Operating the Pioneer BDP-450 is a pleasant, hassle-free experience. There’s a classiness and simplicity about the onscreen menus that makes a refreshing change from the bright, in-your-face GUIs found on most Blu-ray decks these days. All of the menus are set against a deep black background, with monochrome HD illustrations on the right hand side. The fonts are crisp and legible, plus all of the options are logically structured, which helps when browsing the comprehensive Initial Setup menu. One of the options here is a Setup Navigator, which runs through the essential settings to make life easier.
The Home Media Gallery is where you can access DLNA servers and USB-stored media. Files are listed on the left in a brush-effect grey box that’s wide enough to display most file names in full. You can create video, music and photo playlists here.
The remote is covered with ranks of small buttons and even smaller lettering, with little attempt made to distinguish one from another, but the main menu controls are conveniently located for the thumb and there's a dedicated Netflix button that lets you get to the service quickly. Pioneer TVs and receivers can be controlled with the bank of controls at the top.
The Quick Tray feature is actually more useful than it sounds, allowing you to get back to the sofa more quickly. The deck also loads Blu-ray discs reasonably quickly if its handling of Terminator Salvation is anything to go by – just 35 seconds was all it took to get from an open tray to playing the disc, which is much faster than most of the decks we’ve tested of late.
Pioneer BDP-450 Performance
As far as HD video playback is concerned, the Pioneer BDP-450 simply can’t be faulted. As a baptism of fire we started off with the Silicon Optix HQV disc, and it instantly detects and corrects the tricky cadences of the Video and Film Resolution Loss test patterns, as well as resolving the camera pan across the football stadium with no judder or excessive noise – but we did have to turn off the Pure Cinema mode to achieve these good results.
The Pioneer BDP-450 also resolves the moving white bars of the Jaggies test with smooth, clean edges – the mark of competent diagonal filtering.
Moving to 2D movies, the Pioneer BDP-450 delivers wonderfully smooth, cinematic pictures, packed with bucketloads of detail that lends complexity and texture to the image. During Clash of the Titans’ scorpion attack, the dusty desert settings look stunning thanks to the intense detail and subtle shading in the surrounding sand dunes, while the up-close detail on Perseus’ face and costume is sharp as a tack.
The contrast level is also nicely judged, lending depth to black parts of the screen without losing shadow detail, at the same time resolving bright areas with a crisp, eye-catching glint. This is all achieved with the LCD picture preset selected, but you can have a play with the Custom settings if that doesn’t suffice.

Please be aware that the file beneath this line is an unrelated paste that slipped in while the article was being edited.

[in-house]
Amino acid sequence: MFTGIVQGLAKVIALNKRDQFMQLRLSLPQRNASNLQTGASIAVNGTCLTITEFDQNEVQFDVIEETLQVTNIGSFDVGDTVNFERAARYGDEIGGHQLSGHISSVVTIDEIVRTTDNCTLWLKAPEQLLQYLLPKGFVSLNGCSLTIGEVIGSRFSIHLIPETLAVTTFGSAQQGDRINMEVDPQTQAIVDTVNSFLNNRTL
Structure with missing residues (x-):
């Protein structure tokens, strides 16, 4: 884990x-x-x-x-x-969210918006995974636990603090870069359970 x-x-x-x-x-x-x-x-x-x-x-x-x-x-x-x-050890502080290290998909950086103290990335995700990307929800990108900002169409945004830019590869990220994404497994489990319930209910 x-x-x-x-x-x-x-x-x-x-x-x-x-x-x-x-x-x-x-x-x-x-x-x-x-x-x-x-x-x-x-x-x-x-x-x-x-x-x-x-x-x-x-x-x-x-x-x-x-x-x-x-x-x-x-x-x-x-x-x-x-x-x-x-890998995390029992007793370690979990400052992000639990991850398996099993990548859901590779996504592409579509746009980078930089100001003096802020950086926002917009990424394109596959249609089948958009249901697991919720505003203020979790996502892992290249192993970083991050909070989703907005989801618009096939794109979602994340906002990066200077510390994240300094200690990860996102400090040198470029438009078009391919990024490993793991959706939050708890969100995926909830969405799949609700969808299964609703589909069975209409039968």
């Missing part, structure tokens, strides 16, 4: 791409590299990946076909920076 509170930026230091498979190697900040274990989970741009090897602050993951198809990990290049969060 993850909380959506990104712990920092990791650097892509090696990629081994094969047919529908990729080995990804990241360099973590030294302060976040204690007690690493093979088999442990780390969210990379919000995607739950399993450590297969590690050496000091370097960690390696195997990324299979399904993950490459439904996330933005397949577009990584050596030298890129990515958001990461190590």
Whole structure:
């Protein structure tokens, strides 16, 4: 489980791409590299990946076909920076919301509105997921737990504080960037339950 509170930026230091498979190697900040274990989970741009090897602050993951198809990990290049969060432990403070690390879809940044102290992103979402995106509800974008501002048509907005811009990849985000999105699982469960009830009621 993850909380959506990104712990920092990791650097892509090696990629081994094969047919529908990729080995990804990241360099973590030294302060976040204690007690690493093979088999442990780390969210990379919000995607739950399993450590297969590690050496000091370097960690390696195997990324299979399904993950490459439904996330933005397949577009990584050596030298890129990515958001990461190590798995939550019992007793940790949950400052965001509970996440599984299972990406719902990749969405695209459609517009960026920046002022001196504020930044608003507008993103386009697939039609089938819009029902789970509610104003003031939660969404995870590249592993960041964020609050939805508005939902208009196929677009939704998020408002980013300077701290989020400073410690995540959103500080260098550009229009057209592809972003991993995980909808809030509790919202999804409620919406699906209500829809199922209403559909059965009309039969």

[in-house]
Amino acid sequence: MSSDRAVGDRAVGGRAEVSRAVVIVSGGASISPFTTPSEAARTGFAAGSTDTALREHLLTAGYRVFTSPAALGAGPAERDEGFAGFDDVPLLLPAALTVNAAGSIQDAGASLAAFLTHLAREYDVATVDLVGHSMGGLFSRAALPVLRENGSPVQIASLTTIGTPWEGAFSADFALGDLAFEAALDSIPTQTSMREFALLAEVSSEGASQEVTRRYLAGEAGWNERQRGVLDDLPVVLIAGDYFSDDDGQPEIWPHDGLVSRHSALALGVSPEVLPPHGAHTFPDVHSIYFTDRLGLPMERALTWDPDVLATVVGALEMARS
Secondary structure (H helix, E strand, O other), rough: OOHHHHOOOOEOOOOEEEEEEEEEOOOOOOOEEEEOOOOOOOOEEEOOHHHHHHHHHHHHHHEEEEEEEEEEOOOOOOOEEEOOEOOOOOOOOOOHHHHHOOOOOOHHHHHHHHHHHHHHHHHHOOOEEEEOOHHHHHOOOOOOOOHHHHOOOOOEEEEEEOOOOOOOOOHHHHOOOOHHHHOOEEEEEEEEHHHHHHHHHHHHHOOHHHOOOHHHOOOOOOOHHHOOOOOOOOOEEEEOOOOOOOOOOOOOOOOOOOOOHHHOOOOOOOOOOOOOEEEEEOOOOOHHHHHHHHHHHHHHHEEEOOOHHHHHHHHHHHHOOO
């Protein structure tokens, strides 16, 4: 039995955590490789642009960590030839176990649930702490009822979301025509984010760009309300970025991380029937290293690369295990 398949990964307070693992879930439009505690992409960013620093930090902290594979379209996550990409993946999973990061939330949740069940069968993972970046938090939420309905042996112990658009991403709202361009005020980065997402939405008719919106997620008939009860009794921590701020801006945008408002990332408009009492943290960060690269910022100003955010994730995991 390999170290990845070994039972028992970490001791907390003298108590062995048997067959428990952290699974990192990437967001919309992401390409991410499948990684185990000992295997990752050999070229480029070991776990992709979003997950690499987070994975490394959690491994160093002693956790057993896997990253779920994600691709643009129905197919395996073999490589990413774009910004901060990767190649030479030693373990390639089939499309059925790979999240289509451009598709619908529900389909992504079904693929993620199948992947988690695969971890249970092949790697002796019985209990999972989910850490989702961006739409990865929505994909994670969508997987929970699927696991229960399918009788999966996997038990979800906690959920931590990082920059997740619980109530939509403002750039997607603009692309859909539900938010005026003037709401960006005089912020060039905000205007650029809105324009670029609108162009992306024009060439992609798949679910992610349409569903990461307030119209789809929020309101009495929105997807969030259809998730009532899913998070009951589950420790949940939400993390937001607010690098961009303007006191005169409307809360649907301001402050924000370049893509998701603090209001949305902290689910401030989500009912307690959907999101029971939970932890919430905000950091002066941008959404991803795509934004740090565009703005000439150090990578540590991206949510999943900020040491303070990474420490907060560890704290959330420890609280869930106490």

Its colour palette is also spot-on, rendering strong colours with real punch (nowhere more so than the luscious rainforests of Pandora on our Avatar disc) but grounding subtle shades like skin tones and sand in reality with their natural, realistic look. The deck also handles movement with great expertise, with no tracking issues or judder when the screen is filled with loads of fast-moving objects.
3D movies look even more mesmerising. The active 3D system’s layering adds an absorbing sense of depth, backed up by the punchy detail and spectacular colours. There’s evidence of crosstalk on certain parts of the picture but that’s likely to be the fault of the TV. Overall the Pioneer BDP-450 is a stunning picture performer no matter what disc you throw at it.
It also does a fine job with music, passing the digital audio signals to an AV receiver with no evidence of distortion. Multichannel SACD discs sound wonderful through our Onkyo receiver and Teufel speakers, plunging you right inside the music with meticulously resolved high-frequency detail, solid, rhythmic bass and a smooth midrange.
Pioneer BDP-450 Verdict
The Pioneer BDP-450 is not a cheap Blu-ray player, but it does just about enough to justify its price tag. It’s robustly built, gorgeous to look at and conjures up magical high-definition pictures with both 2D and 3D discs. What’s more, there are more nifty features than you might expect from this type of player, including YouTube, Picasa and Netflix access, DLNA media streaming, smartphone remote control, a long list of supported media formats and detailed picture tweaks.
It’s also smooth in operation, offers dual HDMI outputs, and makes Blu-ray viewing is more convenient than ever and with its Quick Tray and Continued features. However, buyers who crave built-in Wi-Fi and a wider range of web content might be tempted to look elsewhere.
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